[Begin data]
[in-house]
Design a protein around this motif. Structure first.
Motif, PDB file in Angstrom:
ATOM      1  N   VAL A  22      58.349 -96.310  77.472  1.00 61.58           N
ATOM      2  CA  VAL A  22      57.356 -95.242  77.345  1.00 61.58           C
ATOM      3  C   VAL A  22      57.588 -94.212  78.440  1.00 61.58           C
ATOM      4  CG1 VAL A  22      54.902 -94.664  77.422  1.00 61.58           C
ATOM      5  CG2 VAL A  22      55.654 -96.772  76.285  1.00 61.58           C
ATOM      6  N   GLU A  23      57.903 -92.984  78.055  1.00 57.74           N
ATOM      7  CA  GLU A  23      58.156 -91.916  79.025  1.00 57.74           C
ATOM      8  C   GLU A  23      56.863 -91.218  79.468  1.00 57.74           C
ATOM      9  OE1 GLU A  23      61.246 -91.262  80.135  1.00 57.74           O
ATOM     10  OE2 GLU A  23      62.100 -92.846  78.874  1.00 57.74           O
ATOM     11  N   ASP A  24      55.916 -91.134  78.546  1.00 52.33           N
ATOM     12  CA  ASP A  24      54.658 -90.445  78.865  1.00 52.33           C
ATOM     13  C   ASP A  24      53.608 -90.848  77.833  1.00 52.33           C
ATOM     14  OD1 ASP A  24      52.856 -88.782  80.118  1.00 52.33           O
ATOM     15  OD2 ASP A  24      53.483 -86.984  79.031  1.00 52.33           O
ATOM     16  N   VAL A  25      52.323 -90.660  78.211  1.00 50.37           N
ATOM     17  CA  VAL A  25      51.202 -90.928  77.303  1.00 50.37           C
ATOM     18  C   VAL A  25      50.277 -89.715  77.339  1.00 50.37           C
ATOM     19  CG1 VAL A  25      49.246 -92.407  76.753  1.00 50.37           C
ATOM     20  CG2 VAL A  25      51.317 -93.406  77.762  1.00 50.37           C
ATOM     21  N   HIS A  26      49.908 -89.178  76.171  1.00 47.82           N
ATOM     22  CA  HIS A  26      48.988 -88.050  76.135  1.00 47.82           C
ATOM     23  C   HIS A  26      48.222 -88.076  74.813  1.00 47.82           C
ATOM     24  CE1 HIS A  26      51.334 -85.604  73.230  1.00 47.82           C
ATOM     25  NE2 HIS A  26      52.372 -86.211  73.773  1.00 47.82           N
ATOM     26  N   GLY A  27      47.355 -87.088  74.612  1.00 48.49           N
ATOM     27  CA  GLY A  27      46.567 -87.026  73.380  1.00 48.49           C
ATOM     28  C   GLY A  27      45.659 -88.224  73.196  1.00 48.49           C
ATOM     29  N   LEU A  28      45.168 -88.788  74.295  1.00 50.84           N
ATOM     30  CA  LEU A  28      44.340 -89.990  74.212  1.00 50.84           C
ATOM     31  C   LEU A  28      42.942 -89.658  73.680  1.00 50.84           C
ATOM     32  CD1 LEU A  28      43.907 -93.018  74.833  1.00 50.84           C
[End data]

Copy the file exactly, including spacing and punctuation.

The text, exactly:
[in-house]
Design a protein around this motif. Structure first.
Motif, PDB file in Angstrom:
ATOM      1  N   VAL A  22      58.349 -96.310  77.472  1.00 61.58           N
ATOM      2  CA  VAL A  22      57.356 -95.242  77.345  1.00 61.58           C
ATOM      3  C   VAL A  22      57.588 -94.212  78.440  1.00 61.58           C
ATOM      4  CG1 VAL A  22      54.902 -94.664  77.422  1.00 61.58           C
ATOM      5  CG2 VAL A  22      55.654 -96.772  76.285  1.00 61.58           C
ATOM      6  N   GLU A  23      57.903 -92.984  78.055  1.00 57.74           N
ATOM      7  CA  GLU A  23      58.156 -91.916  79.025  1.00 57.74           C
ATOM      8  C   GLU A  23      56.863 -91.218  79.468  1.00 57.74           C
ATOM      9  OE1 GLU A  23      61.246 -91.262  80.135  1.00 57.74           O
ATOM     10  OE2 GLU A  23      62.100 -92.846  78.874  1.00 57.74           O
ATOM     11  N   ASP A  24      55.916 -91.134  78.546  1.00 52.33           N
ATOM     12  CA  ASP A  24      54.658 -90.445  78.865  1.00 52.33           C
ATOM     13  C   ASP A  24      53.608 -90.848  77.833  1.00 52.33           C
ATOM     14  OD1 ASP A  24      52.856 -88.782  80.118  1.00 52.33           O
ATOM     15  OD2 ASP A  24      53.483 -86.984  79.031  1.00 52.33           O
ATOM     16  N   VAL A  25      52.323 -90.660  78.211  1.00 50.37           N
ATOM     17  CA  VAL A  25      51.202 -90.928  77.303  1.00 50.37           C
ATOM     18  C   VAL A  25      50.277 -89.715  77.339  1.00 50.37           C
ATOM     19  CG1 VAL A  25      49.246 -92.407  76.753  1.00 50.37           C
ATOM     20  CG2 VAL A  25      51.317 -93.406  77.762  1.00 50.37           C
ATOM     21  N   HIS A  26      49.908 -89.178  76.171  1.00 47.82           N
ATOM     22  CA  HIS A  26      48.988 -88.050  76.135  1.00 47.82           C
ATOM     23  C   HIS A  26      48.222 -88.076  74.813  1.00 47.82           C
ATOM     24  CE1 HIS A  26      51.334 -85.604  73.230  1.00 47.82           C
ATOM     25  NE2 HIS A  26      52.372 -86.211  73.773  1.00 47.82           N
ATOM     26  N   GLY A  27      47.355 -87.088  74.612  1.00 48.49           N
ATOM     27  CA  GLY A  27      46.567 -87.026  73.380  1.00 48.49           C
ATOM     28  C   GLY A  27      45.659 -88.224  73.196  1.00 48.49           C
ATOM     29  N   LEU A  28      45.168 -88.788  74.295  1.00 50.84           N
ATOM     30  CA  LEU A  28      44.340 -89.990  74.212  1.00 50.84           C
ATOM     31  C   LEU A  28      42.942 -89.658  73.680  1.00 50.84           C
ATOM     32  CD1 LEU A  28      43.907 -93.018  74.833  1.00 50.84           C